This approach would be beneficial in that it would both provide more precise estimates of effect size, and more confidence insofar as the power reached “appropriate” levels. But there are some issues with this approach. First, achieving 90% power may be unattainable for some researchers, especially when effects are very small. (A simple independent groups t-test with an effect size of d = .2 would require over 1000 participants). Furthermore, precise estimates of the size of an effect may not be available, especially if the work is exploratory. Related, due to publication bias, reported effect sizes are likely overestimates of the true effect size, so even studies that are adequately powered (according to a priori estimates) may reveal results that when examined a posterori were less than adequately powered (e.g., power < 90%).

A slightly different problem arises from the assumption that the critical theory can also be tested in a single experiment. It is common in psychological research that a proposed theory yields several testable hypotheses, all of which are important to establishing the overall validity of the theory. It may not always be clear what component (if any) is critical to the validity of the hypothesis being tested.

Problems also arise when considering the problematic circumstance when the "flagship" study fails to support (or even contradicts) the satellite studies. Which study or set of studies is correct? This argument is not a productive one, in that data are not correct or incorrect; the data just are. However, a discrepancy between studies should lead researchers to pause and reexamine their original set of hypotheses and procedures. This problem is perhaps more problematic when the “flagship” study supports the overall theory but the “satellite” extensions provide mixed results. In this case, the proposed changes do nothing to safeguard against selective reporting of studies that work.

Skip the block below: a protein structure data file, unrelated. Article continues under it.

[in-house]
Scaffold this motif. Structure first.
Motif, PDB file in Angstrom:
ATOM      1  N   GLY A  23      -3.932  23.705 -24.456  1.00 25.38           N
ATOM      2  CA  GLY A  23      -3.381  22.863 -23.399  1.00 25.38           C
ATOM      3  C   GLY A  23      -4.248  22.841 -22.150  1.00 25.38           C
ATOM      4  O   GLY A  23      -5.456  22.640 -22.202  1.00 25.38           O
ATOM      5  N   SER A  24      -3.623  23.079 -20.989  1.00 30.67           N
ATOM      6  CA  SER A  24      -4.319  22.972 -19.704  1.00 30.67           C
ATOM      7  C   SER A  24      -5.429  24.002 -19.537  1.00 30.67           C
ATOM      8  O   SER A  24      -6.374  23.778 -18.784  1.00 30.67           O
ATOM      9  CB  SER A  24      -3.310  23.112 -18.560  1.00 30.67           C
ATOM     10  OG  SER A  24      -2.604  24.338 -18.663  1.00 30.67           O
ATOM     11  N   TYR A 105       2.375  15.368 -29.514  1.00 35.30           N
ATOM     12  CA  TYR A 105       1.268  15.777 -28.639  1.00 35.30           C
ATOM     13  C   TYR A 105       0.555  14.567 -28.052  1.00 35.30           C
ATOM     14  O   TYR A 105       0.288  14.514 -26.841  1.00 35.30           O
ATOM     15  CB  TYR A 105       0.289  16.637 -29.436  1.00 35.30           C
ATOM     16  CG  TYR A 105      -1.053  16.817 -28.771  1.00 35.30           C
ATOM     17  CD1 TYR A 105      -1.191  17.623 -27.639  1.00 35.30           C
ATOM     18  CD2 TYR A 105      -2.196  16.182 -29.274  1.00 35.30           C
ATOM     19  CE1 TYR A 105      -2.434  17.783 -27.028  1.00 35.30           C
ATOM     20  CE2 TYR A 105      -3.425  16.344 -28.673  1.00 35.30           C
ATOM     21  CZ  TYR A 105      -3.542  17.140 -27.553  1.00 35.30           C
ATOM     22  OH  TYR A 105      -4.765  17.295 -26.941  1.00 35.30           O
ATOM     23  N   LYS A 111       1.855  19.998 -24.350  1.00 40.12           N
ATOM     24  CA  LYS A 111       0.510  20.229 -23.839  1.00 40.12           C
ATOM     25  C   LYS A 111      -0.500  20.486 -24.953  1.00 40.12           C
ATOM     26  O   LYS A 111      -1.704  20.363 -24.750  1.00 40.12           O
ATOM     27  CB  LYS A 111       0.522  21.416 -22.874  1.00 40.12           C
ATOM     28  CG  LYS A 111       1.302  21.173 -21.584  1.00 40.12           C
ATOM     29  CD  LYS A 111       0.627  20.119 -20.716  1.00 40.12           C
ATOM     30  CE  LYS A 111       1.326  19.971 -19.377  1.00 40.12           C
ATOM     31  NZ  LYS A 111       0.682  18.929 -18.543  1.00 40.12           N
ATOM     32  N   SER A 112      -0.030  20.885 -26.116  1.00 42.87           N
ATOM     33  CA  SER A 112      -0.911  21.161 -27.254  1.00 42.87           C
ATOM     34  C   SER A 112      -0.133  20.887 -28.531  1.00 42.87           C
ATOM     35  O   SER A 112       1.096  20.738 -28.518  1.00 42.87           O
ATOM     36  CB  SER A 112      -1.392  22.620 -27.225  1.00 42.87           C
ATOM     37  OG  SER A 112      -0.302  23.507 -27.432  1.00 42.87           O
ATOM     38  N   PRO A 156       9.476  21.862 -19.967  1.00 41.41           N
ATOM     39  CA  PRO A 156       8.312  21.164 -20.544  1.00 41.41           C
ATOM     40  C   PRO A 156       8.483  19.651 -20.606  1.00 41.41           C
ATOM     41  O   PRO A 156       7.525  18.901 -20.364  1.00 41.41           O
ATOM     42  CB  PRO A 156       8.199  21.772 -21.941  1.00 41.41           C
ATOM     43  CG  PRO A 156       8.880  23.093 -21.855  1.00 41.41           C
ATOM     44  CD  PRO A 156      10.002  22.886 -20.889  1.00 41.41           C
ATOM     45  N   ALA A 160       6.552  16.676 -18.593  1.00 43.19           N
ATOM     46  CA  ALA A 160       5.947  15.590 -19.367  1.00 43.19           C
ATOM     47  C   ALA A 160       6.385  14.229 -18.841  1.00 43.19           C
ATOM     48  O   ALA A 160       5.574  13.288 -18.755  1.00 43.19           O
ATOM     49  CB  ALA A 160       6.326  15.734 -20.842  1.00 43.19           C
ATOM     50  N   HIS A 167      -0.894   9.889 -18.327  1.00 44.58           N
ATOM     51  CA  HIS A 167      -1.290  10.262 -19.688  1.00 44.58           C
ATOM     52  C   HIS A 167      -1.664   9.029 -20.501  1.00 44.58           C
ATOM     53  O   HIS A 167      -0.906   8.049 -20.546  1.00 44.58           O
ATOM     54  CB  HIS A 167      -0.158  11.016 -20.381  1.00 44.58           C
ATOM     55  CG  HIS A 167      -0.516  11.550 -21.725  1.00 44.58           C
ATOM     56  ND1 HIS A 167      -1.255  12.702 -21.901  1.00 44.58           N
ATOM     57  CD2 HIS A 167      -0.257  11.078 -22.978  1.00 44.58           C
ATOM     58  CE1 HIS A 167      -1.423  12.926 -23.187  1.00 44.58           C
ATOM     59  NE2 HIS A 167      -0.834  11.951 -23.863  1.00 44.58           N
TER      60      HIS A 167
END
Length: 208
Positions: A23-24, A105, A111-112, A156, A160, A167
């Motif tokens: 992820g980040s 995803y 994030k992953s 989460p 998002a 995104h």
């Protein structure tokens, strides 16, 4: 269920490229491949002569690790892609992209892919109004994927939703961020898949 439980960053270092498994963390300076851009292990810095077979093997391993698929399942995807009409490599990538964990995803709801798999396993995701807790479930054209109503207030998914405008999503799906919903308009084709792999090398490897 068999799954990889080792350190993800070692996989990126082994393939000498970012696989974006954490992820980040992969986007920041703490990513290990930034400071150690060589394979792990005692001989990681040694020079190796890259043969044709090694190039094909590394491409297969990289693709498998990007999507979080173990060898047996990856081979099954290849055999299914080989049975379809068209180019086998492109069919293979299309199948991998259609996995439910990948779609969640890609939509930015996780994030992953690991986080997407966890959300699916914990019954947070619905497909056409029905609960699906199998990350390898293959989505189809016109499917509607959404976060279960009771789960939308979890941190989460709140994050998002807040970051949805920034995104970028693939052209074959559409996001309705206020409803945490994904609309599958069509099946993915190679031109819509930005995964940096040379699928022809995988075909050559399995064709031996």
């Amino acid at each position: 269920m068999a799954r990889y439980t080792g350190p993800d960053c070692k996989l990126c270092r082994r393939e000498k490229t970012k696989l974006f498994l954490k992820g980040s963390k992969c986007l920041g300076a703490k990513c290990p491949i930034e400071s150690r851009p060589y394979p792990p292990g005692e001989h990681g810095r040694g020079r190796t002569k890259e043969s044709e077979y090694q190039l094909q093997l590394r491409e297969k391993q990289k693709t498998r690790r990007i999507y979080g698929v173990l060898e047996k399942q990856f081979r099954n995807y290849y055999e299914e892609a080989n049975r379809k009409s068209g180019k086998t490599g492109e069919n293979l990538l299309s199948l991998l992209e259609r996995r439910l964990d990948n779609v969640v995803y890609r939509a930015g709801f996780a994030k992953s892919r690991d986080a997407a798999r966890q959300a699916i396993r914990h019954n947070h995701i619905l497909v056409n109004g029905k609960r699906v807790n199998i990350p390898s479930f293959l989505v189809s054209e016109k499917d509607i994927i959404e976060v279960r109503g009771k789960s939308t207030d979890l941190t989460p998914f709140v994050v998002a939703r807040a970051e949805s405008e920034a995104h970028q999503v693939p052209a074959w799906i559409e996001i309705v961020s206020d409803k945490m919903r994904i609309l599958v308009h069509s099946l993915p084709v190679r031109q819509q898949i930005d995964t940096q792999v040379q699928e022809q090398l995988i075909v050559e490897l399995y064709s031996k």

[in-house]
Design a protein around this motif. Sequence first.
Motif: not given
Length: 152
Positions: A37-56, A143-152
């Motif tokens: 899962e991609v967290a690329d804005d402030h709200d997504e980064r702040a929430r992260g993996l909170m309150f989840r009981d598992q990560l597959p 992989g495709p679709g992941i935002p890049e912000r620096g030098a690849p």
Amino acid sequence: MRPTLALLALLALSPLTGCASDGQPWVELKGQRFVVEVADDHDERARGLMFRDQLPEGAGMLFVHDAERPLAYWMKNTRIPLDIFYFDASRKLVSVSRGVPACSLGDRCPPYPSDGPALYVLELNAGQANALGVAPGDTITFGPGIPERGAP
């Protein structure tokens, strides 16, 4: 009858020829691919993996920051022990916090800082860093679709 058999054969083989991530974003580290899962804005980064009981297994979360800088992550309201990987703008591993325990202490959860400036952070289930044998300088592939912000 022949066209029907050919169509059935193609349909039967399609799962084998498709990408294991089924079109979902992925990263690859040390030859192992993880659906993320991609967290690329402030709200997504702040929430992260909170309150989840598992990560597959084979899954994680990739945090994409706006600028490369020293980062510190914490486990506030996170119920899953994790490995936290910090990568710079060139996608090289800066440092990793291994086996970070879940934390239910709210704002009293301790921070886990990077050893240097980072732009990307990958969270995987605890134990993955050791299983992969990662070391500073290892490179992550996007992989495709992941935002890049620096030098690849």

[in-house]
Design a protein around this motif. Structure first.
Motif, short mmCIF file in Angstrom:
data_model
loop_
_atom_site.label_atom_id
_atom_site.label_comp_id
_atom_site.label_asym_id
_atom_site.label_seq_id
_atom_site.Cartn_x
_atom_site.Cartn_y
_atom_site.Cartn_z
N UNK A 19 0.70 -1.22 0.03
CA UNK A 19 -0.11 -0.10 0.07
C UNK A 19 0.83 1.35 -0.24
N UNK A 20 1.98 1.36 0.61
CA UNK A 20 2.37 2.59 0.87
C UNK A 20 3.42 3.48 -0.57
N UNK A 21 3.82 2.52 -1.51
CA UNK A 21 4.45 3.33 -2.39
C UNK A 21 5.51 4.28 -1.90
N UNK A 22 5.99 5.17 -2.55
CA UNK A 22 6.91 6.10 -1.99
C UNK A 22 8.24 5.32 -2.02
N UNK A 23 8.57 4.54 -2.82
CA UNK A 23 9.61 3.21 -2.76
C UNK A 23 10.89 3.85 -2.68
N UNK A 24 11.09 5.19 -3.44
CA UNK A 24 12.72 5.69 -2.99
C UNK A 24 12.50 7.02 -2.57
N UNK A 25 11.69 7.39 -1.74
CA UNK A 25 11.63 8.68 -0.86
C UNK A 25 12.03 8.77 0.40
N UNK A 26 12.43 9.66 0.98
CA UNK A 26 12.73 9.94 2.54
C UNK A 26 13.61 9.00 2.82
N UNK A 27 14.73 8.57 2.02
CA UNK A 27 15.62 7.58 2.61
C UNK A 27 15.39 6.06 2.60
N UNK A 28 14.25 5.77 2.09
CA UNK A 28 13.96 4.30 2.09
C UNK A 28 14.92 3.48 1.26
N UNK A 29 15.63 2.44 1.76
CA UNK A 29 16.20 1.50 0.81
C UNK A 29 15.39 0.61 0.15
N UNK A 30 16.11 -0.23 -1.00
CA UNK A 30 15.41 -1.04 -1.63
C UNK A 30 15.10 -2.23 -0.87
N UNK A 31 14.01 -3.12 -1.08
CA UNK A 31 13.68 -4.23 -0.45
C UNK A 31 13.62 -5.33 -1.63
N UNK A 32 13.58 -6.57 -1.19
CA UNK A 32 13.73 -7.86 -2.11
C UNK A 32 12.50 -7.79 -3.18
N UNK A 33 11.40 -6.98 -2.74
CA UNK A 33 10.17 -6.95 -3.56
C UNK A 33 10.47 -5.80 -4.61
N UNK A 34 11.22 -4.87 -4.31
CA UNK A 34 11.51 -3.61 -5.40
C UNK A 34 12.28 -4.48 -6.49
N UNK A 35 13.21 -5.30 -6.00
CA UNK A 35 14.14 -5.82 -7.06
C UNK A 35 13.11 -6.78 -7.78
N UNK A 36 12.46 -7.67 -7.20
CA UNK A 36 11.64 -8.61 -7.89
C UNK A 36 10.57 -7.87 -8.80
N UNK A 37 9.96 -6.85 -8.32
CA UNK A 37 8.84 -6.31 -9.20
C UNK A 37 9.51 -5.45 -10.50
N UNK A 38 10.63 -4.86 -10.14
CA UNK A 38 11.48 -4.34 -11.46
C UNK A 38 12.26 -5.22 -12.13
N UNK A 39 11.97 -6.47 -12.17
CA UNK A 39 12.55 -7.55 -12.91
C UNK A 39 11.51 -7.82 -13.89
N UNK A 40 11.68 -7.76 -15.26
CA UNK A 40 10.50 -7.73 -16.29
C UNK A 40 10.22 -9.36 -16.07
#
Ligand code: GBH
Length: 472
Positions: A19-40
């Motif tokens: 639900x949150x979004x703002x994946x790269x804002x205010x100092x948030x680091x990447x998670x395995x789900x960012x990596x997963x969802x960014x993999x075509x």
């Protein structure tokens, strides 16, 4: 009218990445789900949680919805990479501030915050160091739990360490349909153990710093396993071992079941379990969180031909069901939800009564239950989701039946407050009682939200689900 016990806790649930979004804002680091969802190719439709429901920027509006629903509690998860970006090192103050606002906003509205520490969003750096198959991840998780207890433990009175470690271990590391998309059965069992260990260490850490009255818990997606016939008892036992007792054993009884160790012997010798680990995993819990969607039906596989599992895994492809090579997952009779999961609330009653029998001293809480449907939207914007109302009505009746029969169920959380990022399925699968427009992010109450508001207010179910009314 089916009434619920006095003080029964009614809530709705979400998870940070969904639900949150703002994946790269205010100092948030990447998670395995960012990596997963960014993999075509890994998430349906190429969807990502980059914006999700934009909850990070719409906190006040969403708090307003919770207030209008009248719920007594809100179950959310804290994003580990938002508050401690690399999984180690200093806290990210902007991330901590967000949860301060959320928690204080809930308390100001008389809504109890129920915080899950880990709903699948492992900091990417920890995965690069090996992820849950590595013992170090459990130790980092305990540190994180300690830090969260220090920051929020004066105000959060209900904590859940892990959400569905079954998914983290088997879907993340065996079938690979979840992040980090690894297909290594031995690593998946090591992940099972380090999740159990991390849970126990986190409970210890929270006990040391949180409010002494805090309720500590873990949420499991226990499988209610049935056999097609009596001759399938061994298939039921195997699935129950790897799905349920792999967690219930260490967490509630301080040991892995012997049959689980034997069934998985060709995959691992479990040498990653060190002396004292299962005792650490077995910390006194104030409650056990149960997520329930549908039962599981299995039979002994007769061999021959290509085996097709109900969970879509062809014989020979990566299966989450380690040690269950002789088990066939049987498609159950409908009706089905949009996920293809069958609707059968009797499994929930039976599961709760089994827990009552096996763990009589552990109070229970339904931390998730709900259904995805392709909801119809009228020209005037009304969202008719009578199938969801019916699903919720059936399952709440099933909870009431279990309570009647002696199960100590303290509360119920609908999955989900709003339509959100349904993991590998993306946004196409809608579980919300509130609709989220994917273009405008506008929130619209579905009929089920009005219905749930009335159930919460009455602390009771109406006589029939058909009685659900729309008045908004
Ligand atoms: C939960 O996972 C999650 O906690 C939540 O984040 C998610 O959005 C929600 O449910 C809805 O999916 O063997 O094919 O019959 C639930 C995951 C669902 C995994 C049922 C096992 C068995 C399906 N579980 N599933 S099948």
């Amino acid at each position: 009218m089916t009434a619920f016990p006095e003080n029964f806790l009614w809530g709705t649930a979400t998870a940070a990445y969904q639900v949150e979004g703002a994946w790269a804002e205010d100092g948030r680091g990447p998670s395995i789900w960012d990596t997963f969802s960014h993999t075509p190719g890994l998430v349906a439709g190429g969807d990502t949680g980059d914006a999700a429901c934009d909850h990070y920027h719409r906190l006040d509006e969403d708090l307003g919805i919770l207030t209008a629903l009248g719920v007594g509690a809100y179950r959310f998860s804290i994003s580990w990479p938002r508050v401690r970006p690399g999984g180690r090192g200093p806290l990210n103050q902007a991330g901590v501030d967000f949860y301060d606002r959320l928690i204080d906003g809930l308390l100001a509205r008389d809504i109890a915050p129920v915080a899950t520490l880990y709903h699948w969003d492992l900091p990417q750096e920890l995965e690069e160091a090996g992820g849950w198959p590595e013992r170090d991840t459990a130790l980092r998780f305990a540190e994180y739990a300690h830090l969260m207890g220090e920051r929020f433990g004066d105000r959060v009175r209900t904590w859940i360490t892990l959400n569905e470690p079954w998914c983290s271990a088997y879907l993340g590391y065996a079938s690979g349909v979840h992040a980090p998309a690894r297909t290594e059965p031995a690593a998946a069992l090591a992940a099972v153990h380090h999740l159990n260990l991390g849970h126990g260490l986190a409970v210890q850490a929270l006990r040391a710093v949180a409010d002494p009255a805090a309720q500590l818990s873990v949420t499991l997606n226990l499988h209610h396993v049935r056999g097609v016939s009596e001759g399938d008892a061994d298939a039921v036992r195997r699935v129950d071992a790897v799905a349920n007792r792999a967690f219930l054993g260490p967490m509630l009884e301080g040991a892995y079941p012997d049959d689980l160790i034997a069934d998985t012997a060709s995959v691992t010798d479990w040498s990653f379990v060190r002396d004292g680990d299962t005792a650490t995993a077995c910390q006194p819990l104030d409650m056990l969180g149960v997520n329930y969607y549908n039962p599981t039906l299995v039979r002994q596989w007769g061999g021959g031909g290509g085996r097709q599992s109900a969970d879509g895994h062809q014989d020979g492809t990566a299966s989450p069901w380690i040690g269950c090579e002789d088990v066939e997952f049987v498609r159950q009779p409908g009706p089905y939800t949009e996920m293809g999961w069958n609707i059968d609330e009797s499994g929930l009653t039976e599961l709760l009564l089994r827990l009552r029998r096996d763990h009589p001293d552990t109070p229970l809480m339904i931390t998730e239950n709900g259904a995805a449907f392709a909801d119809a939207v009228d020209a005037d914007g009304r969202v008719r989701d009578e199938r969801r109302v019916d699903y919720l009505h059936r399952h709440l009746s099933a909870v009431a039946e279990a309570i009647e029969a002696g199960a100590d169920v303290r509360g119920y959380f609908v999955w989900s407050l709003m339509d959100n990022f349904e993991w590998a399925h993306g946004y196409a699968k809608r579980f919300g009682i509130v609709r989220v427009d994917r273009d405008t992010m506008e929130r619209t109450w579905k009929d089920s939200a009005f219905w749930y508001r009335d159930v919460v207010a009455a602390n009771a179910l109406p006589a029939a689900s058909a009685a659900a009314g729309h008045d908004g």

Still, despite the problems with the flagship-satellite method, it’s purpose is well guided; journals should expect—require, even—studies to have higher levels of quality. Kahneman’s approach is a heuristic for the real changes that are necessary for psychology to mature as a discipline: sample sizes need to be larger, direct replications required, and transparency in reporting adopted as standard practice.

Talk at Michigan State University

I will be giving a talk this Friday at the Michigan State University Social and Personality Brown Bag Series:

“Reducing Racial Categorization Through Alternative Cues to Group Membership”

Much research has supported the idea that categorization by race is both automatic and mandatory. However, according to recent evolutionary models of categorization, it is unlikely that humans would have developed cognitive mechanisms to identify race. More likely, humans evolved to encode coalitional membership of individuals, with race serving as an arbitrary cue to group membership. I present data in favor of this hypothesis, and demonstrate that when a more reliable cue to coalition is present, categorization by race is reduced. I also examine the strength of this reduction, and test what conditions might lead individuals to continue categorizing by race.

The talk will be in the Psychology Building, Room 230, from 12:00pm-1:00pm on April 19th.

You can read more about this research here and here.